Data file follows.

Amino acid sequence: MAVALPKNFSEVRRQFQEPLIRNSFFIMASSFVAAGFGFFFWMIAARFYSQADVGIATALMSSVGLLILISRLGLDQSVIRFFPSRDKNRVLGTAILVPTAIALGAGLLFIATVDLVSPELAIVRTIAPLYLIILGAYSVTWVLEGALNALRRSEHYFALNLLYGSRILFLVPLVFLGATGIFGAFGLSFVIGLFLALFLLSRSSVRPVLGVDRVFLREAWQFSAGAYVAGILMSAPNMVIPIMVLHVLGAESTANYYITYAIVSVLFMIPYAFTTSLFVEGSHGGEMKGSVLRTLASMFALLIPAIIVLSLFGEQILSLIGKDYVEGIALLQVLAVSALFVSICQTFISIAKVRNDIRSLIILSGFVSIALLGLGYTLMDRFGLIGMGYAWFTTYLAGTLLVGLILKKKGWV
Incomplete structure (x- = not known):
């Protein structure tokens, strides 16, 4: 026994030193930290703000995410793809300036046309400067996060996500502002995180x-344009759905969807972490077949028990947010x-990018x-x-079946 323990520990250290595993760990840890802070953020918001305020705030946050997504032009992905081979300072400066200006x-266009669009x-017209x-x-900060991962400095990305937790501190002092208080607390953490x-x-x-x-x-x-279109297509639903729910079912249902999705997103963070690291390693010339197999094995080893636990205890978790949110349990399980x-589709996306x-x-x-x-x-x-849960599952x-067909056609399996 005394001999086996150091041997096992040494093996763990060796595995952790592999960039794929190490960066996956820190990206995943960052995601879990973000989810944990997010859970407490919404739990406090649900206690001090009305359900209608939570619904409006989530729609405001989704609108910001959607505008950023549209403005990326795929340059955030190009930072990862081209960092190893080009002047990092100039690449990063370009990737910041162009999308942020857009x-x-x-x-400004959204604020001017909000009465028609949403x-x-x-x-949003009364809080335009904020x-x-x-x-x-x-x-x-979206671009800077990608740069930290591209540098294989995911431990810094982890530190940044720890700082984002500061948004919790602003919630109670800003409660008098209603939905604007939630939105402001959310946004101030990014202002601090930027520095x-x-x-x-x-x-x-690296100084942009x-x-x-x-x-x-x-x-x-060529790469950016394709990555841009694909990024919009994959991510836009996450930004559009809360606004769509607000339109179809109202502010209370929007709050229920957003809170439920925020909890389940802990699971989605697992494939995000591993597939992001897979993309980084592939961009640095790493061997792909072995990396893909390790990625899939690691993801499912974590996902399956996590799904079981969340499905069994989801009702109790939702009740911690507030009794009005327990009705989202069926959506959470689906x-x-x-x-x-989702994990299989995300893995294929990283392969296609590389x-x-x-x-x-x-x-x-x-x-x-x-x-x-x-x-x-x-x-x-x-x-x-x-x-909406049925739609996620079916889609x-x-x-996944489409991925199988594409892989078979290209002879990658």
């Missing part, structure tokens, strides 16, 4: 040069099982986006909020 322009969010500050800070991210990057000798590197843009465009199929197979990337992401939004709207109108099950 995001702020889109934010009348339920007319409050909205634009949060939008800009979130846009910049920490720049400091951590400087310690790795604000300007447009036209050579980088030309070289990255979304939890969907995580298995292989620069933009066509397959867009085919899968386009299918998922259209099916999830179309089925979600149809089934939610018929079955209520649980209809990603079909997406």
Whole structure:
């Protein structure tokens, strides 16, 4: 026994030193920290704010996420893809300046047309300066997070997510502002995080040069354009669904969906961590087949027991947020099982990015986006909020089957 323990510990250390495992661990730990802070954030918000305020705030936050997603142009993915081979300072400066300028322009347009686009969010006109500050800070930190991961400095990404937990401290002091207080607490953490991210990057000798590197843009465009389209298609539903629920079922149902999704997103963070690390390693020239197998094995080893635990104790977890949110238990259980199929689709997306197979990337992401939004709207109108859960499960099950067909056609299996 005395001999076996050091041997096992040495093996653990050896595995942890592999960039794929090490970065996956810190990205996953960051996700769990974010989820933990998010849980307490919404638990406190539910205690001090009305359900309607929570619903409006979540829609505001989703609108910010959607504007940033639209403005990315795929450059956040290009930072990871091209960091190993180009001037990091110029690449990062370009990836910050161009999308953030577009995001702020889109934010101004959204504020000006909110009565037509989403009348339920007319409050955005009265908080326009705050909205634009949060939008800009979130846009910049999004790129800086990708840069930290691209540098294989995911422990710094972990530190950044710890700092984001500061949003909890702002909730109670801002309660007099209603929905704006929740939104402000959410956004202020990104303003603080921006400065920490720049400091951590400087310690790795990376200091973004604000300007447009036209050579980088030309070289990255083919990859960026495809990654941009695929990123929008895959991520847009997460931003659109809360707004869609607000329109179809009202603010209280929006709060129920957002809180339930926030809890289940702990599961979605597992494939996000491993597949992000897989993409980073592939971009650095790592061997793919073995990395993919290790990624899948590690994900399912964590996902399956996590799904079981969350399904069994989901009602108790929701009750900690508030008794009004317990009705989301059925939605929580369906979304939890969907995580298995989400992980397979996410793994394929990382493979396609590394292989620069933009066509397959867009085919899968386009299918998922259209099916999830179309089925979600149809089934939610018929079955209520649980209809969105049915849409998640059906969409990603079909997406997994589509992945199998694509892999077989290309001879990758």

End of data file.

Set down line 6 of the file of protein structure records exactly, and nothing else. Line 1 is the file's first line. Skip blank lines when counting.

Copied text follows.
């Protein structure tokens, strides 16, 4: 026994030193920290704010996420893809300046047309300066997070997510502002995080040069354009669904969906961590087949027991947020099982990015986006909020089957 323990510990250390495992661990730990802070954030918000305020705030936050997603142009993915081979300072400066300028322009347009686009969010006109500050800070930190991961400095990404937990401290002091207080607490953490991210990057000798590197843009465009389209298609539903629920079922149902999704997103963070690390390693020239197998094995080893635990104790977890949110238990259980199929689709997306197979990337992401939004709207109108859960499960099950067909056609299996 005395001999076996050091041997096992040495093996653990050896595995942890592999960039794929090490970065996956810190990205996953960051996700769990974010989820933990998010849980307490919404638990406190539910205690001090009305359900309607929570619903409006979540829609505001989703609108910010959607504007940033639209403005990315795929450059956040290009930072990871091209960091190993180009001037990091110029690449990062370009990836910050161009999308953030577009995001702020889109934010101004959204504020000006909110009565037509989403009348339920007319409050955005009265908080326009705050909205634009949060939008800009979130846009910049999004790129800086990708840069930290691209540098294989995911422990710094972990530190950044710890700092984001500061949003909890702002909730109670801002309660007099209603929905704006929740939104402000959410956004202020990104303003603080921006400065920490720049400091951590400087310690790795990376200091973004604000300007447009036209050579980088030309070289990255083919990859960026495809990654941009695929990123929008895959991520847009997460931003659109809360707004869609607000329109179809009202603010209280929006709060129920957002809180339930926030809890289940702990599961979605597992494939996000491993597949992000897989993409980073592939971009650095790592061997793919073995990395993919290790990624899948590690994900399912964590996902399956996590799904079981969350399904069994989901009602108790929701009750900690508030008794009004317990009705989301059925939605929580369906979304939890969907995580298995989400992980397979996410793994394929990382493979396609590394292989620069933009066509397959867009085919899968386009299918998922259209099916999830179309089925979600149809089934939610018929079955209520649980209809969105049915849409998640059906969409990603079909997406997994589509992945199998694509892999077989290309001879990758």